At CMLE, we so enjoy all our different types of libraries, archives, and other members! Seeing all the work you are doing is so inspiring; and we want to return the favor by helping you to find some of the great programming going on around the profession.
Each week we will share an interesting program we find. It may inspire you to do exactly the same thing; or to try something related; or just to try out some different programming ideas. (Check out our podcast episode on Library Programming; you can tune in here! Or, of course, subscribe or stream to enjoy any of the episodes!)
It’s cold outside, but it is never too early to think about summertime activities for the library! Check out this excerpted article on an outdoor water party you could try in your library!!
(By Jenn Carson, MSLIS, CYT, CCYT Library Director of LP Fisher Public Library, Woodstock, N.B., Canada)
At the height of Summer Reading Club (SRC) or during an autumn back-to-school heat wave, sometimes the best thing to do is take the kids outside and hose them down — that will get the fidgets out! (Kidding!)
But seriously, throwing water balloons at people or targets is extremely therapeutic. I asked my SRC leader, Ebony Scott, to come up with a program called Water Games. My only stipulations were (1) that it not wet any of the books and (2) that it have a reasonable budget. (If only we could afford giant Nerf Super Soakers for everyone.)
Even though the sky was threatening rain, Ebony packed half the parking lot with tons of fun and had kids (and their parents) begging for more.
Water game ideas
Here are the descriptions of the games Ebony played:
- Duck Duck Goose: Played like a regular game of Duck Duck Goose, but the person who is “it” has to break a water balloon over the head of whomever they choose to be the goose. Make sure the balloons you use for this game are thin and easy to break. Before playing it, you’ll want to show the participants how to break them with their finger so they aren’t hitting each other over the head to get the balloons to pop.
- Sponge Bucket Relay: Participants are divided into two even teams and line up on one side of the space. They take turns racing to a bucket filled with water, fill their sponge and then deposit the water by wringing out the sponge into an empty bucket at the front of their team’s line. You can ask the groups to try to make an object float in their team’s empty bucket; depending on time and difficulty (and age/attention span) of participants, you might skip this part. First team to transfer enough water — either to float the object or reach the high-water line — wins.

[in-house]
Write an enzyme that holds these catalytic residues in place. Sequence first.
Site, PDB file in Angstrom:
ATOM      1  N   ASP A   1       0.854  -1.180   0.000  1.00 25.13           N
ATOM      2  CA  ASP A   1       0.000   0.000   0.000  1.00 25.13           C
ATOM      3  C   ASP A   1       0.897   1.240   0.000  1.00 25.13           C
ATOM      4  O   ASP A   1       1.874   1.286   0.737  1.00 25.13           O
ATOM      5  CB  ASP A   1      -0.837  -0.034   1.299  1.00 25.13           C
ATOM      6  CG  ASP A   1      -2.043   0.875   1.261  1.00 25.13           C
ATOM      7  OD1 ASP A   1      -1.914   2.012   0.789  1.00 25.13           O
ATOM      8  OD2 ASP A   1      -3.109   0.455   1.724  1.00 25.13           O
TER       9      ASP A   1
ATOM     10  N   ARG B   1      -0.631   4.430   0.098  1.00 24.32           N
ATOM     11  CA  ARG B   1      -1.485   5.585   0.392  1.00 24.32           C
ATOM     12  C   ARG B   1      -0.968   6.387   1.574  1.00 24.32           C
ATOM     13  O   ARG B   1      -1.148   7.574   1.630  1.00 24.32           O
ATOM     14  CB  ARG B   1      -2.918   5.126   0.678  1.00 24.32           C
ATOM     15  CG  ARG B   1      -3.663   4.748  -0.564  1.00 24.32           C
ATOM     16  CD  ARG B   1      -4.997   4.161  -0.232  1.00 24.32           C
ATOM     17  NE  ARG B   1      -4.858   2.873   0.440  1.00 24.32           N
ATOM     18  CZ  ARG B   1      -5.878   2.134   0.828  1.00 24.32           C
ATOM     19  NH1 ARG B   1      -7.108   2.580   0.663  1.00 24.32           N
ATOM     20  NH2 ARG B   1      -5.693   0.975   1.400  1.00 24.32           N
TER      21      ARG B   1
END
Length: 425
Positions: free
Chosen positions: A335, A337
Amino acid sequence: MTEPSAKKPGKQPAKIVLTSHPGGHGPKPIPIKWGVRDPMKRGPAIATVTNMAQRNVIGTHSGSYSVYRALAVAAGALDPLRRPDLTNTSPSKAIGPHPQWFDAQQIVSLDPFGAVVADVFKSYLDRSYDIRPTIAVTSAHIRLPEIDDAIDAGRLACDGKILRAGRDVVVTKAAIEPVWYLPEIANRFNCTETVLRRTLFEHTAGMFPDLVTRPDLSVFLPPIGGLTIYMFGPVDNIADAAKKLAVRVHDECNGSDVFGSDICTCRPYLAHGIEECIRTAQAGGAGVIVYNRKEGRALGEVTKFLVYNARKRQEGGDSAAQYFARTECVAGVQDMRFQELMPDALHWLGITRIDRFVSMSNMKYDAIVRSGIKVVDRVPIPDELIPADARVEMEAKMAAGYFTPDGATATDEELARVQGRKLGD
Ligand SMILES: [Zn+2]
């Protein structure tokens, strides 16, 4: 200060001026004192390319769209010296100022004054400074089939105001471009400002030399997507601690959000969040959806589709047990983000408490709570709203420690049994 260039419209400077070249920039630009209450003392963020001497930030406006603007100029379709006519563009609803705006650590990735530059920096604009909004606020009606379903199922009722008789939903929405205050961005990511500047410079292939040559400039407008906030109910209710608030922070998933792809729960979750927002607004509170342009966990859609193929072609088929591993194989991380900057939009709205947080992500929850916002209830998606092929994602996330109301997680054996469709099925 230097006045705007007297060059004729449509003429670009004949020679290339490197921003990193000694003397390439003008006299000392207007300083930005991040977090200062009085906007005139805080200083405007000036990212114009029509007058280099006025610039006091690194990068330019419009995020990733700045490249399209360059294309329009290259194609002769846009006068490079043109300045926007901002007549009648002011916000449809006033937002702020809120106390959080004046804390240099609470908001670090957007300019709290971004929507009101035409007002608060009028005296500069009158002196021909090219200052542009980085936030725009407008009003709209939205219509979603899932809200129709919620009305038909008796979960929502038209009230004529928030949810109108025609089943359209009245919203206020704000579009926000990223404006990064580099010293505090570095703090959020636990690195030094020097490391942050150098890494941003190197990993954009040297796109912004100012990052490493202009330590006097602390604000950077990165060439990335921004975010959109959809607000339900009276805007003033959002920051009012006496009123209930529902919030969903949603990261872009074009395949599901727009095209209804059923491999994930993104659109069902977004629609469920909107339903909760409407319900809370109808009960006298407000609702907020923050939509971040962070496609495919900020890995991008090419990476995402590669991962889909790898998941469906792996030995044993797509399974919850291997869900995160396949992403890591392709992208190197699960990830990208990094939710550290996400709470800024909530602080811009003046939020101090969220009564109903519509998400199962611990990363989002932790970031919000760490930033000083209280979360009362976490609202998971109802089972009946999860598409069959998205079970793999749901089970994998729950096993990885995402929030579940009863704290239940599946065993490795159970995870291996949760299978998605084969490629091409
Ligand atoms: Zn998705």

- Water Balloon Toss: In pairs, participants stand across from each other, starting very close together. They pass a water balloon back and forth between them without the balloon breaking. After each toss, participants each take a step away from each other. If they break their balloon, they have to return to their starting distance.
- Water Gun Painting: Using cheap water guns from a dollar store, each participant helps paint a piece of art for the library to display. Each kid takes turns shooting the canvas with their chosen paint color. The kids can switch canvases so they can help paint both. Canvases can also be spun around to mix the colors.
- Water Fight: Free-for-all water balloon fight! (We recommend no shots above the neck.)
Ebony, being clever (which is why I hired her), also had a tiny inflatable pool set up with a magnetic fishing game. Kids could go “fishing” while waiting for the next activity to begin. Genius!
What you’ll need
Here are the supplies we needed for all the activities:
- Two packs of water balloons. There’s a brand called Bunch O’ Balloons that are self-sealing, and you can fill many at once. They were available in packs of 100 at our local Walmart. Note that this brand cannot be filled up too far in advance as they leak water over time.
- Four buckets
- Floating objects (ping pong balls work well)
- Water guns
- Poster paint
- Blank canvases
- Plastic baggies
- Magnetic fishing kit
- Caution tape for sectioning off the parking lot. If you have a big lawn or park available, you may not need this. We’re downtown, so use what you’ve got!
We asked all participants to sign a photo release form, and you might want to consider a liability waiver just in case someone gets hurt.